Church History
Jane Elizabeth Manning James

“Jane Elizabeth Manning James,” Church History Topics

“Jane Elizabeth Manning James”

Jane Elizabeth Manning James

Jane Elizabeth Manning (circa 1822–1908) was one of at least five children born to a free African American couple in Connecticut at a time when most Black people in the United States were slaves.1 As a young adult, she joined the New Canaan Congregational Church in 1841, but 18 months later, in the winter of 1842–43, she and several family members were baptized into The Church of Jesus Christ of Latter-day Saints. Jane and others in her family soon desired to join the Saints in Nauvoo, so they traveled from Connecticut to New York, planning to travel on both steamboats and canal boats. However, they were denied boat passage because of their race, so they had to walk the remaining 800 miles. In Peoria, Illinois, local authorities questioned the Mannings as potential fugitive slaves and demanded paperwork to prove their free status. Racism was an obstacle Jane would confront the rest of her life.

photograph portrait of Jane Manning James

Portrait of Jane Manning James.

Courtesy Church History Library and Archives

Once in Nauvoo, Jane quickly developed a friendship with Joseph and Emma Smith. She lived with them and worked in their household. At one point, Emma invited Jane to be adopted as a child into the Smith family by a priesthood sealing.2 Jane declined, misunderstanding the unfamiliar, new practice, but she firmly believed in Joseph’s prophetic role. “I did know the Prophet Joseph,” she later testified. “He was the finest man I ever saw on earth. … I was certain he was a prophet because I knew it.”3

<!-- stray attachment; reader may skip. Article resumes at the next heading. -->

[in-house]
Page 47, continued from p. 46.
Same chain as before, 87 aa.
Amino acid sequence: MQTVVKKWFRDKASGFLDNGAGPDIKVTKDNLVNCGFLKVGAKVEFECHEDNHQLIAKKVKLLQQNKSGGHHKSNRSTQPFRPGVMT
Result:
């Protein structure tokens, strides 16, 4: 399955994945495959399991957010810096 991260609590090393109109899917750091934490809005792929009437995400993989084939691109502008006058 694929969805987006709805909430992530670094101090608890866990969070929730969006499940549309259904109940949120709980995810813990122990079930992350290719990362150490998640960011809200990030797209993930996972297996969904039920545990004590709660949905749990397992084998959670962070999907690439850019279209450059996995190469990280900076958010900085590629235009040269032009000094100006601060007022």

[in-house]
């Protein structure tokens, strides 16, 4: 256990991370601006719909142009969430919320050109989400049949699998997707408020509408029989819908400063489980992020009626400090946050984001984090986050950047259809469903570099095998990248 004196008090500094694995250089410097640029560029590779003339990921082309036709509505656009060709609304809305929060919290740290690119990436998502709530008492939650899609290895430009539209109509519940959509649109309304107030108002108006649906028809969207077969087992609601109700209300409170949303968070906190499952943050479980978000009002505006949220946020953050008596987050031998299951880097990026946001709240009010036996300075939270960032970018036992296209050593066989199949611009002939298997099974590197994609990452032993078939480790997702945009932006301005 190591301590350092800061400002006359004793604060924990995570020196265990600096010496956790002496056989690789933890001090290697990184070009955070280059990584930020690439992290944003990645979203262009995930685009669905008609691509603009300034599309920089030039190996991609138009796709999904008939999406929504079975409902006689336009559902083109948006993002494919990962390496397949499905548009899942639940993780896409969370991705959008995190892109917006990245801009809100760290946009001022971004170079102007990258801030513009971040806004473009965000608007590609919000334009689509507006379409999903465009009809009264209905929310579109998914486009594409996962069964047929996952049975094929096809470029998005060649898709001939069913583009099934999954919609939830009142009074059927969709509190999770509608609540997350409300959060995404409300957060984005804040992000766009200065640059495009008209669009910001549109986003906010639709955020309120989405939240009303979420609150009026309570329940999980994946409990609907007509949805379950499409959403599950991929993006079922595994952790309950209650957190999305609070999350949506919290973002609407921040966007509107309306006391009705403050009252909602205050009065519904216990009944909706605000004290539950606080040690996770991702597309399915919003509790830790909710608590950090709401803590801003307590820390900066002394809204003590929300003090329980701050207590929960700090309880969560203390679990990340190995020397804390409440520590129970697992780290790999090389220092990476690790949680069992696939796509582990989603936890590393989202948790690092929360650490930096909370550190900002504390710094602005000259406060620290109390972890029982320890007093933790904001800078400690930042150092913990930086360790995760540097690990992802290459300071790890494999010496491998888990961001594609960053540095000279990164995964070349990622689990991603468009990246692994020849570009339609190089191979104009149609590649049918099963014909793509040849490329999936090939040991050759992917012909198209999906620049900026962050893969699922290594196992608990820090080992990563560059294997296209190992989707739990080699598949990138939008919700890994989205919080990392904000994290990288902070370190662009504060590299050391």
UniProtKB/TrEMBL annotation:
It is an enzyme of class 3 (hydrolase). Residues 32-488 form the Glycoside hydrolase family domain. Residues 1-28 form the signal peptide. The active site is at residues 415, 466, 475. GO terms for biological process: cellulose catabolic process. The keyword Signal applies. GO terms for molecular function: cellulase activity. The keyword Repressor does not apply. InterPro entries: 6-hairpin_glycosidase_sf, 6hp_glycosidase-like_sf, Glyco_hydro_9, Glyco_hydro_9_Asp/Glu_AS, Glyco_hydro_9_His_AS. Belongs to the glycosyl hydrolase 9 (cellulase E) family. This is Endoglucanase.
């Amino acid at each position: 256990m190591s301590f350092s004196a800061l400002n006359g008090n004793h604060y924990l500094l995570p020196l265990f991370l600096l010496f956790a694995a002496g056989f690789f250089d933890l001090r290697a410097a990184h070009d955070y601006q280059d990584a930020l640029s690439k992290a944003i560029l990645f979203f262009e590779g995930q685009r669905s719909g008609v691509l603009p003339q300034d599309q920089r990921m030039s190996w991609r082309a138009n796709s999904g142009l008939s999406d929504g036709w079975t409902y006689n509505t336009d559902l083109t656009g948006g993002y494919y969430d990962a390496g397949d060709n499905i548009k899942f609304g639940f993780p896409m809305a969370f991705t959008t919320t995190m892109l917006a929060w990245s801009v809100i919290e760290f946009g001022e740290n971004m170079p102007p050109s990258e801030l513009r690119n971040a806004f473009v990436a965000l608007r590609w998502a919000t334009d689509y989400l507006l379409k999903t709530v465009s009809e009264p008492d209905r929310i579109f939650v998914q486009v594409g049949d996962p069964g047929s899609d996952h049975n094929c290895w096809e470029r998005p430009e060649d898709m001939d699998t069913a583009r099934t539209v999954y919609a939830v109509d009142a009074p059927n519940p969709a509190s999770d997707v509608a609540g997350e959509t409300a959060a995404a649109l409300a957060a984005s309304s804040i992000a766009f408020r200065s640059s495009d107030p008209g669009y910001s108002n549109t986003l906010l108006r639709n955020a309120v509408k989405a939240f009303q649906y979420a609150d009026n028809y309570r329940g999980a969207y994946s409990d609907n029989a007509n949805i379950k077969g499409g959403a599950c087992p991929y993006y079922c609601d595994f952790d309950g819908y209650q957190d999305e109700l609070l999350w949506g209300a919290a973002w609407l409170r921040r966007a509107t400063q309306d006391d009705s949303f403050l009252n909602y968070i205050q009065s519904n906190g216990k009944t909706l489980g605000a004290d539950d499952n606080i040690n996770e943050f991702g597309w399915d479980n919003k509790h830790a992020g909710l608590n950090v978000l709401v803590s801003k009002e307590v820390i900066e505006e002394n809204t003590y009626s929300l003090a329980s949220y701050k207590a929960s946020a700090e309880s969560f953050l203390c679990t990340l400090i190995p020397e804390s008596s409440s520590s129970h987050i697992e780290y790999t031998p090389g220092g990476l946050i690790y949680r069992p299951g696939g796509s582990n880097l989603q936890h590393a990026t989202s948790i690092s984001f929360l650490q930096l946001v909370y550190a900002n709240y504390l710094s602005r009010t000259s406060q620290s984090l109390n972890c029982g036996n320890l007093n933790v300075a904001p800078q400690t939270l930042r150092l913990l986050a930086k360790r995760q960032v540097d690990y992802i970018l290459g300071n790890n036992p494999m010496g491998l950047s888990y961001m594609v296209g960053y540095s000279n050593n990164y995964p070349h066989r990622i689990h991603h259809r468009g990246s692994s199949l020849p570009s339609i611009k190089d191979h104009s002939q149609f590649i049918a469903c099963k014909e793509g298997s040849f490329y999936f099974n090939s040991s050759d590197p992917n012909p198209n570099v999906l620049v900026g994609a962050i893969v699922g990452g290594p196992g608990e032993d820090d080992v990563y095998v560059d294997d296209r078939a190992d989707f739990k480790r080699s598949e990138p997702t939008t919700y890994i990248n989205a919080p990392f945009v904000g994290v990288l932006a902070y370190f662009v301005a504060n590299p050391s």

Through conversations with Joseph and with his mother, Lucy Mack Smith, Jane learned more about the Book of Mormon and its translation and gained an understanding of and a respect for temple ordinances.

Jane married Isaac James, a free Black convert from New Jersey. They, along with Jane’s son Sylvester, left Nauvoo in 1846 to head west with the Saints. In June of that year, Jane and Isaac’s son Silas was born. The next year the family crossed the plains, arriving in the Salt Lake Valley in the fall of 1847. Isaac and Jane had six additional children, only two of whom outlived Jane. As with other early settlers to the Salt Lake Valley, Jane and Isaac worked hard to provide for their family. Isaac worked as a laborer and an occasional coachman for Brigham Young, and Jane spun cloth, made clothing, and did laundry, as she had done in Nauvoo.

Marital tension led Isaac and Jane to divorce in 1870. Jane later had a brief, two-year marriage to a former slave, Frank Perkins, but soon resumed life as a single parent and grandparent. Financial need and the deaths of three children caused Jane to return to work. She made and sold soap, while two of her sons hired out as laborers. In 1890, after 20 years of being away, Isaac returned to Salt Lake City, renewed his Church membership, and formed an amicable relationship with Jane. When he died one year later, the funeral service was held in her home.

Throughout the difficulties of her life, Jane remained committed to her faith in gospel teachings and valued her membership in the Church. She donated to temple construction and participated in the Relief Society and the Young Ladies’ Retrenchment Society.4 Jane richly experienced the gifts of the Spirit, including visions, dreams, healing by faith, and speaking in tongues. “My faith in the Gospel of Jesus Christ,” she wrote later in her life, “is as strong today, nay, it is if possible stronger than it was the day I was first baptized.”5